On December 13, 2021, Law360 profiled the Hon. Denise L. Cote’s recent decision, granting Winget, Spadafora & Schwartzberg LLP’s Fed. R. Civ. P. 12(b)(6) motion to dismiss a civil action before the United States District Court for the Southern District of New York, captioned Tessa Knox et al. v. Ironshore Indemnity Inc. (Case No.: 1:21-cv-06321-DLC). Judge Cote’s decision marks the second dismissal of lawsuits brought by a putative class of judgment creditors against WSS LLP’s client, the judgment debtor’s insurer.
The complaint alleged that each of the plaintiff putative class members were also members of an earlier certified class (“Varvatos Class”) of former John Varvatos Enterprises, Inc. (“Varvatos”) employees who obtained a judgment against the menswear retailer in an civil action captioned Knox v. John Varvatos Enterprises, Inc. (S.D.N.Y. Case No.: 1:17-cv-00772-GWG “Varvatos Action”). The Varvatos Action concerned claims of wage discrimination, wherein the Varvatos Class argued that Varvatos’ practice of providing male sales associates with a clothing allowance—but denying female sales associates the same—violated the Equal Pay Act and other, similar state law statues.
Following a jury trial before Magistrate Judge Gabriel W. Gorenstein, Varvatos was found liable on all counts. The Jury awarded the Varvatos Class $3,516,051.23 as damages, with an additional attorneys’ fees award of $748,321.21. Varvatos filed Fed. R. Civ. P. 50 and 59 motions, that were partially granted, and the two parties ultimately reached a remittitur of $1,898,746.20 as damages, with an additional $215,340.00 as attorneys’ fees. On June 23, 2021 the Clerk of Court entered its Second Amended Judgment accounting for the remittitur (“Judgment”).
Varvatos, however, did not fully satisfy the Judgment. On May 6, 2020, Varvatos filed a Chapter 11 bankruptcy petition before the United States Bankruptcy Court for the District of Delaware (“Bankruptcy Proceeding”). Thereafter, on June 9, 2020, representatives from the Varvatos Class commenced their first coverage action (“First Coverage Action”) against WSS LLP’s insurer client, to recover the Judgment pursuant to N.Y. Ins. Law § 3420(b) (“New York direct action statute”). If all of the statutory preconditions to suit are met, the New York direct action statute allows judgment creditors to step into the shoes of a judgment debtor and bring an insurance coverage action against the judgment debtor’s insurer. See N.Y. Ins. Law § 3420(b).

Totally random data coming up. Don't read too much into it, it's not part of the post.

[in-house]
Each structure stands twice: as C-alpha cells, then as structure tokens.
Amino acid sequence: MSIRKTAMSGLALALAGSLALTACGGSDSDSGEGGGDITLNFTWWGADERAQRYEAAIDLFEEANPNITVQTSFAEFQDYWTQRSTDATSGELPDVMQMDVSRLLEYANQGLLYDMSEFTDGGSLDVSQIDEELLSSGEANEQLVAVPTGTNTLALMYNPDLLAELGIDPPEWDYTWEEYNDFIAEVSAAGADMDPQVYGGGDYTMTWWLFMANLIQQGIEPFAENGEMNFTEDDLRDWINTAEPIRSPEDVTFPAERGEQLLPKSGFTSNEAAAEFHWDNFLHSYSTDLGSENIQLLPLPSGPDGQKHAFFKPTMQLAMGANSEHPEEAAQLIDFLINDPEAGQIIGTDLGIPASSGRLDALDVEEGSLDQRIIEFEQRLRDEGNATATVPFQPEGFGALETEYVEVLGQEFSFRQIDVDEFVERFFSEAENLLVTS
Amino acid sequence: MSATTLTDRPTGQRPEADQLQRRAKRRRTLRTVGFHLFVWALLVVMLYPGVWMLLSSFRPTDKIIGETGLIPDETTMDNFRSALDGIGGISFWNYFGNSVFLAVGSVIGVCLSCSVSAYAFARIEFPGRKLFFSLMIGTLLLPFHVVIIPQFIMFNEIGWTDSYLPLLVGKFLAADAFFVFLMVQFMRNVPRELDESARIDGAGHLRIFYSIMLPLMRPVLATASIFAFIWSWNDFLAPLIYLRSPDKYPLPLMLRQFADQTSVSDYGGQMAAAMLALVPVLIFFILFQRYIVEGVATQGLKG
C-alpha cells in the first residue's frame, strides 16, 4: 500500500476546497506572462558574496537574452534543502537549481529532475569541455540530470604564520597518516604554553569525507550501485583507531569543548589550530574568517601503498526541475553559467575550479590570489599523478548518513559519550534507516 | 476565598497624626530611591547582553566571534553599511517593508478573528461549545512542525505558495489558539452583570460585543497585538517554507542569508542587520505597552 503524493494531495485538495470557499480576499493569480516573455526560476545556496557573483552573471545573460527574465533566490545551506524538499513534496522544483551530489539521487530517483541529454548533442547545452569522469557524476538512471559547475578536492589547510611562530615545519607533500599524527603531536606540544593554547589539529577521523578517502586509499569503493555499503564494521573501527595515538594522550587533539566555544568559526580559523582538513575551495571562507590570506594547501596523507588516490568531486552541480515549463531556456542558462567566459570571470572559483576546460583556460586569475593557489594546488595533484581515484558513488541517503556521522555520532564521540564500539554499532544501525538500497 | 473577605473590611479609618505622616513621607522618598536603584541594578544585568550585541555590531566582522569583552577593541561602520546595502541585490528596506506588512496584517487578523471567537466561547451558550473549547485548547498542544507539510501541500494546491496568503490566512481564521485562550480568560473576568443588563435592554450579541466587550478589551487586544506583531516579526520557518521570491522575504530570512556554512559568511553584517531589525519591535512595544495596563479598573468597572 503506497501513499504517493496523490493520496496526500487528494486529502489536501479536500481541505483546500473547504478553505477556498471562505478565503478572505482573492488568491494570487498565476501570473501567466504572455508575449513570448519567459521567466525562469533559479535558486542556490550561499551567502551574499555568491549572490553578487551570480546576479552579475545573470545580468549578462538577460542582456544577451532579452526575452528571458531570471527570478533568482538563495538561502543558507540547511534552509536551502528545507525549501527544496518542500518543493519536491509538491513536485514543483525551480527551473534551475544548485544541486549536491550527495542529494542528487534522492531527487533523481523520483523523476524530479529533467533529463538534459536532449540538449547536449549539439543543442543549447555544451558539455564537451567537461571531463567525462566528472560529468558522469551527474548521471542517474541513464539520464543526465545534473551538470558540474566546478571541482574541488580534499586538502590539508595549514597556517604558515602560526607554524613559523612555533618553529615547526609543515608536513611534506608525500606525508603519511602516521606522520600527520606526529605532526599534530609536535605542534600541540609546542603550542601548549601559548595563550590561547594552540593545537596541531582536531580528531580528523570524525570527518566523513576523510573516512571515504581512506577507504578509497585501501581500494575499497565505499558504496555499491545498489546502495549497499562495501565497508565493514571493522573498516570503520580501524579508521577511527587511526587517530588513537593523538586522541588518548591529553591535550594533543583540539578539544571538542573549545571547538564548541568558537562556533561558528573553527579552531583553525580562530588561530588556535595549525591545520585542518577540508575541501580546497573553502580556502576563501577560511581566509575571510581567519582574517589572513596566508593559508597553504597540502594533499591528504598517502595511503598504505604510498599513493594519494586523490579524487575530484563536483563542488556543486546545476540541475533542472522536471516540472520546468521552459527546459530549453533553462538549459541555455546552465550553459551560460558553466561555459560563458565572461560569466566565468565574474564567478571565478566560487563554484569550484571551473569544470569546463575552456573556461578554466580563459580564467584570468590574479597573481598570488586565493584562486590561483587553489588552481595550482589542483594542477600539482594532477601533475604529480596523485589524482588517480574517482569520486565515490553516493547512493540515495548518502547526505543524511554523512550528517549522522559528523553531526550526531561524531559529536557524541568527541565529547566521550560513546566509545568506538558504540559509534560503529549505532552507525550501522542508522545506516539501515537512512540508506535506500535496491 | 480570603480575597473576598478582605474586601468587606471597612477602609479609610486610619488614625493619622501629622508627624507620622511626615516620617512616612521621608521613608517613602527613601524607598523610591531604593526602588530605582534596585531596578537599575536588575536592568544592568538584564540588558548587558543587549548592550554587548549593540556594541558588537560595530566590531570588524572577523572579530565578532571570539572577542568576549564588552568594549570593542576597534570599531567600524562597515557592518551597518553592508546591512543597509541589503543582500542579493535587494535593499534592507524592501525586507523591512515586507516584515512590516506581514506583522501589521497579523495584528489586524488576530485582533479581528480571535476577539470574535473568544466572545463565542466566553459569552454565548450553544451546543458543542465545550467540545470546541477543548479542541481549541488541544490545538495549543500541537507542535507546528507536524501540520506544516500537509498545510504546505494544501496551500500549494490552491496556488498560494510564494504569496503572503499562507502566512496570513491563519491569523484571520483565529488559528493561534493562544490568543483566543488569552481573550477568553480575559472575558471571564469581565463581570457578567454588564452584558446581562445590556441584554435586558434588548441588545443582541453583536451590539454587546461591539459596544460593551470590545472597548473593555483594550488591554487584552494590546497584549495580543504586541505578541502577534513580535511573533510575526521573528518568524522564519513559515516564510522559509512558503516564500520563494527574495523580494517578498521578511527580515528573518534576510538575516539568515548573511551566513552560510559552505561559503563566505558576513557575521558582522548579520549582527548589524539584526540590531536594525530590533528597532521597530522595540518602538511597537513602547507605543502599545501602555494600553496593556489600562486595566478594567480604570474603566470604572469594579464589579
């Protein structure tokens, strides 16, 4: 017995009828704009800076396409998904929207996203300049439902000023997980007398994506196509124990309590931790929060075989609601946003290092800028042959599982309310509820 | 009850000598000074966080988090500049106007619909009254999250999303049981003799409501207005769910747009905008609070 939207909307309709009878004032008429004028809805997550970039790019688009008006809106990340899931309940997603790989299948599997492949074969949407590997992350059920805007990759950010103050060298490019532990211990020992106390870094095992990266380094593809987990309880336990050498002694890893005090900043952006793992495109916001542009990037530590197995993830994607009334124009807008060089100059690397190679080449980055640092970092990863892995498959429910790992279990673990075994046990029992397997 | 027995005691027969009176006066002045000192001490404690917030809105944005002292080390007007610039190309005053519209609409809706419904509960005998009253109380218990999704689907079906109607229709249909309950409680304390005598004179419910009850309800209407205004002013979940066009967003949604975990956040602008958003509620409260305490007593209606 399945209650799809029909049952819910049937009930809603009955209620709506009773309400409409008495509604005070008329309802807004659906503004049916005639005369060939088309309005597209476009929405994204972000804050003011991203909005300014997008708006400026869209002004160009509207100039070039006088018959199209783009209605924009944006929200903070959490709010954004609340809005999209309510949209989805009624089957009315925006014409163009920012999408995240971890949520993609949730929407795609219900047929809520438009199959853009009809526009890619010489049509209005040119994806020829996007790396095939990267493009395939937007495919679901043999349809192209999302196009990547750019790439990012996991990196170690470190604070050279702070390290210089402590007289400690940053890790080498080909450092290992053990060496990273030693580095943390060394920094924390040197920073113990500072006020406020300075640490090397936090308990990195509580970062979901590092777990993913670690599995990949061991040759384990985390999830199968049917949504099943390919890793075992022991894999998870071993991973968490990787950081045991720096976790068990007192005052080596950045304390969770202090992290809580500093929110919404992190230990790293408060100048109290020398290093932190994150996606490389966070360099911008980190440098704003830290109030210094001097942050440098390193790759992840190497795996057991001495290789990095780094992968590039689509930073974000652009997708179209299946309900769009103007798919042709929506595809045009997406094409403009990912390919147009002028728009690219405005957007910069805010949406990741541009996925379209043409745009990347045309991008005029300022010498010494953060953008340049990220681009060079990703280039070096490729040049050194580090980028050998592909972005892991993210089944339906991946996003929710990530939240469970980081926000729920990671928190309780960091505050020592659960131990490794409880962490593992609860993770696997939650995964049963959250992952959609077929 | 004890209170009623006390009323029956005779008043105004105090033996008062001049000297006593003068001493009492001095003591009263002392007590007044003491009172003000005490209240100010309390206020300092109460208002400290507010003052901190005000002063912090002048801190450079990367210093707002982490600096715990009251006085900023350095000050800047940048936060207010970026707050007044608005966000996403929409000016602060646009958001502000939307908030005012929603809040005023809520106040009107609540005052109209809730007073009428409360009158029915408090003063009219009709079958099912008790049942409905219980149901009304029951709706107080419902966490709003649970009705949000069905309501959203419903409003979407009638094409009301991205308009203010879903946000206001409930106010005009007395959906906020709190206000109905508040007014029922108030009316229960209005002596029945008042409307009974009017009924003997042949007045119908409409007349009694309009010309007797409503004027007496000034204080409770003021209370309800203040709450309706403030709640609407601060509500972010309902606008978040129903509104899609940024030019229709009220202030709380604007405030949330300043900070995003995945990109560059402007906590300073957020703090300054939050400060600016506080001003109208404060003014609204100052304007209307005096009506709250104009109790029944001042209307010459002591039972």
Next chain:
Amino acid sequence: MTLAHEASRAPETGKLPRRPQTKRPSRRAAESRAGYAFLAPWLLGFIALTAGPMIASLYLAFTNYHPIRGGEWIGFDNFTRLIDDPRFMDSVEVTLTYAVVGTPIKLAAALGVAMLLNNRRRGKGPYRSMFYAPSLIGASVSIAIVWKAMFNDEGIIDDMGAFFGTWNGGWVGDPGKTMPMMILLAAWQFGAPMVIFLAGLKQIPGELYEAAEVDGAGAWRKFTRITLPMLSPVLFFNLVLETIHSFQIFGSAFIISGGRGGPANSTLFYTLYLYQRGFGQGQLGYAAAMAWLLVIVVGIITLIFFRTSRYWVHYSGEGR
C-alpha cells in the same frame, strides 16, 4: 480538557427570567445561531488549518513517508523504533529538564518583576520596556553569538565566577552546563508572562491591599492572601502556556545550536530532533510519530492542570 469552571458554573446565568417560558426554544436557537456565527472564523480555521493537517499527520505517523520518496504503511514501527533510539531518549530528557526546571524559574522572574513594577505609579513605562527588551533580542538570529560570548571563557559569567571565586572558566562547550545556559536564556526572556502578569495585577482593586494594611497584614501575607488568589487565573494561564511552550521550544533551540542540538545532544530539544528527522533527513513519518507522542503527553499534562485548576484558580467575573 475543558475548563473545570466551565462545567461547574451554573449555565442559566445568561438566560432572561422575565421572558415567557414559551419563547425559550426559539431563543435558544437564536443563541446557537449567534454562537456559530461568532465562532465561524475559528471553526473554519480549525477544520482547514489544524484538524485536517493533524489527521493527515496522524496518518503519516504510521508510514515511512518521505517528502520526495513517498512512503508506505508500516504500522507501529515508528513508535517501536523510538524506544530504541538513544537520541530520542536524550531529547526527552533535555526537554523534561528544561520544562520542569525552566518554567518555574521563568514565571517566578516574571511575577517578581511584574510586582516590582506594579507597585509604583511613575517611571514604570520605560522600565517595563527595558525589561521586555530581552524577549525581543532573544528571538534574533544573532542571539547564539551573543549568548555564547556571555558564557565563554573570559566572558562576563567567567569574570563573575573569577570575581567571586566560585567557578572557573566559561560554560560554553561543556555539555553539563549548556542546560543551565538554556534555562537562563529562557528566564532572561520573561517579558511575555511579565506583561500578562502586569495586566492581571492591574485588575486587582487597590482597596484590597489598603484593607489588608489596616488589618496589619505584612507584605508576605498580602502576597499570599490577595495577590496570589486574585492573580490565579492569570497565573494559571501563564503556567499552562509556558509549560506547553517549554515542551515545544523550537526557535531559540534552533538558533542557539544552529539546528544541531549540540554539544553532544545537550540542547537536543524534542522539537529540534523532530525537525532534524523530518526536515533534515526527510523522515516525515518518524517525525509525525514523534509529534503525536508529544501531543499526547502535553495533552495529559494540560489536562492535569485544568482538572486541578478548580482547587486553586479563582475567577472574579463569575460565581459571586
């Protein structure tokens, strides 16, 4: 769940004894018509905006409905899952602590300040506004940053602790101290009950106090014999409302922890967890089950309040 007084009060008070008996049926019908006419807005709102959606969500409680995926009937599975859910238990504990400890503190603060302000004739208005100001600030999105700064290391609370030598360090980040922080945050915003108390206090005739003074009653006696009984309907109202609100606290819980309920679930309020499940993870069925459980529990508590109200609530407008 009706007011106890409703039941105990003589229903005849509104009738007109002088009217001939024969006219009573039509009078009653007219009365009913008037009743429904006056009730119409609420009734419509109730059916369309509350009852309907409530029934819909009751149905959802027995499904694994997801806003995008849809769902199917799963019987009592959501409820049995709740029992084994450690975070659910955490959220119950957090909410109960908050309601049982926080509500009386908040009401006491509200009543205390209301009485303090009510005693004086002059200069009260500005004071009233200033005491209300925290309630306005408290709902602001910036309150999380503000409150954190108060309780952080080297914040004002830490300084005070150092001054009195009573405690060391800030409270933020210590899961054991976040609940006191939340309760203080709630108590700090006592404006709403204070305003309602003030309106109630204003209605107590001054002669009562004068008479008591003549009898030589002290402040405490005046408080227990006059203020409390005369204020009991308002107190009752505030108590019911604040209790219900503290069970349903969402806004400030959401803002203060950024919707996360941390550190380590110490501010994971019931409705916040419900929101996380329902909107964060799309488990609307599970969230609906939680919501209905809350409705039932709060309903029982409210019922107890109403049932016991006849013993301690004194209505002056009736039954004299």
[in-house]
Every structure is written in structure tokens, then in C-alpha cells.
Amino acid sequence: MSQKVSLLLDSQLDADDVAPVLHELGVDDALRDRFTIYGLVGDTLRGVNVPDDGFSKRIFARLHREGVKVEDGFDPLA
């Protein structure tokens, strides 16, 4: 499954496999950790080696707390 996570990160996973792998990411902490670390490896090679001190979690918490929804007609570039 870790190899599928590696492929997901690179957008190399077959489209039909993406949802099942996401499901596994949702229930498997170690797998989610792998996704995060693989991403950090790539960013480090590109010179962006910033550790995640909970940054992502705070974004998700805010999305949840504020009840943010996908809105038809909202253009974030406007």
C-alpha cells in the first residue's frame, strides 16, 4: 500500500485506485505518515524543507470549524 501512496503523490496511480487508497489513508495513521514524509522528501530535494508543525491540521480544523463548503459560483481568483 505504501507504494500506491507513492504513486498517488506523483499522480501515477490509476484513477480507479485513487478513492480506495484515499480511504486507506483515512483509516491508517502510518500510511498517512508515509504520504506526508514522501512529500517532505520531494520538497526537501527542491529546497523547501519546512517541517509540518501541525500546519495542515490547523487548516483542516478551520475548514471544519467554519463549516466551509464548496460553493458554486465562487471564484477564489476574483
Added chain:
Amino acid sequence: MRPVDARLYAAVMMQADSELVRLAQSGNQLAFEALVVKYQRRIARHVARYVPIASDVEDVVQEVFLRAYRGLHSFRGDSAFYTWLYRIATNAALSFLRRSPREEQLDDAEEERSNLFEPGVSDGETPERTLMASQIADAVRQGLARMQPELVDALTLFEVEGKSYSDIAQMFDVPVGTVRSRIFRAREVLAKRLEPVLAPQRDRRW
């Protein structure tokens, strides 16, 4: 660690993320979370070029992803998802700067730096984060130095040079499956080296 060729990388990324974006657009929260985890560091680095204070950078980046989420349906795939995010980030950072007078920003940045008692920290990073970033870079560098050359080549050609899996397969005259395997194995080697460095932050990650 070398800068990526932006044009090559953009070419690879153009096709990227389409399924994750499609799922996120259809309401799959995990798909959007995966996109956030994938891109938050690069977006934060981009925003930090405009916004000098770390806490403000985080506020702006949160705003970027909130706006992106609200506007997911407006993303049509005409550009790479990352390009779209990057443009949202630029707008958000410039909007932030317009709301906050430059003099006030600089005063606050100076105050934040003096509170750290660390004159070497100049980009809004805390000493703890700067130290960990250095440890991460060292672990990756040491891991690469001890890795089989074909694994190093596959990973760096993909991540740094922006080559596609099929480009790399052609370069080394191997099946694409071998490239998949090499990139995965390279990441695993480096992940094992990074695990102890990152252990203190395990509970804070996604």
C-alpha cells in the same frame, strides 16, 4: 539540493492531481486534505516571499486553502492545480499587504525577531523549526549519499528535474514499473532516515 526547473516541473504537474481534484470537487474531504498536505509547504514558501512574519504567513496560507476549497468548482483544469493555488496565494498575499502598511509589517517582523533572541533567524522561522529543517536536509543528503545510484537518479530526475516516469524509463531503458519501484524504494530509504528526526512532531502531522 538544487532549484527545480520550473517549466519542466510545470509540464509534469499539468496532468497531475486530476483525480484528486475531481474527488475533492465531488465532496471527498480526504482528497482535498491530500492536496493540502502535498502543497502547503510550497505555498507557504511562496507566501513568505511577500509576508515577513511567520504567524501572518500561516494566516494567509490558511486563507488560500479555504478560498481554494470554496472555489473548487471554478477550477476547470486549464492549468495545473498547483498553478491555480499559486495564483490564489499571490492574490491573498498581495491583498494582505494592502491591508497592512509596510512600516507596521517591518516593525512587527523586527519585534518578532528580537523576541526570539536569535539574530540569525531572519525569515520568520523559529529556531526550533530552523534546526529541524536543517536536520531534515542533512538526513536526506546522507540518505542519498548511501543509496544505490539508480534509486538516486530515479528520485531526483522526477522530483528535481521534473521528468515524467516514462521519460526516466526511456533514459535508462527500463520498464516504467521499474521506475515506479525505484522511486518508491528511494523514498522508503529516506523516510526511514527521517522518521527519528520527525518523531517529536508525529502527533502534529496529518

Through an opinion and order dated January 26, 2021, Judge Cote dismissed the First Coverage Action, finding the class representatives “failed to state a claim for relief under the New York direct action statute.” The January 26, 2021 decision discussed the New York direct action statute, finding the plaintiffs failed to meet three necessary preconditions to suit. First, as a result of Varvatos’ Fed. R. Civ. P. 50 and 59 motions (still pending at the time the First Coverage Action commenced), there was no final judgment to enforce against the insurer. Second, the New York direct action statute did not permit a claim while the Judgment was subject to a stay of execution—which remained in effect due to the ongoing Bankruptcy Proceeding. Finally, the plaintiffs’ counsel failed to serve the insurer with a copy of the Judgment in the manner required by N.Y. Ins. Law § 3420(b). In dismissing the First Coverage Action, the Court did not address any of the substantive questions of coverage at issue in the dispute.
On July 26, 2021, and following entry of the Judgment and the resolution of the Bankruptcy Proceeding, thirteen opt-in members of the Varvatos Class commenced the instant putative class action. Prior to the parties’ Fed. R. Civ. P. Rule 26(f) conference, the putative class moved for class certification and partial summary judgment, asking the Court to find that certain policy exclusions were void. WSS LLP’s attorneys responded to these motions and, again, moved to dismiss the complaint under Fed. R. Civ. Pro. 12(b)(6). Among other things, WSS LLP argued that the plain language of a policy exclusion unequivocally excluded the Judgment from the scope of insurance coverage.
The Court found the policy exclusion applied to the Judgment and granted WSSLLP’s motion to dismiss, denying the putative class plaintiffs’ motions as moot. Responding to the putative class plaintiffs’ arguments, the Court found that “[b]eyond ipse dixit, the plaintiffs do not provide any reason to conclude that this ubiquitous legal language, assuredly familiar to the commercial actors who are the parties to the insurance policy at issue in this case, is ambiguous.” In addition, the Court rejected the putative class’ insurance coverage through estoppel arguments, finding the insurer properly preserved its defenses to coverage through earlier correspondences with Varvatos that were annexed to the complaint.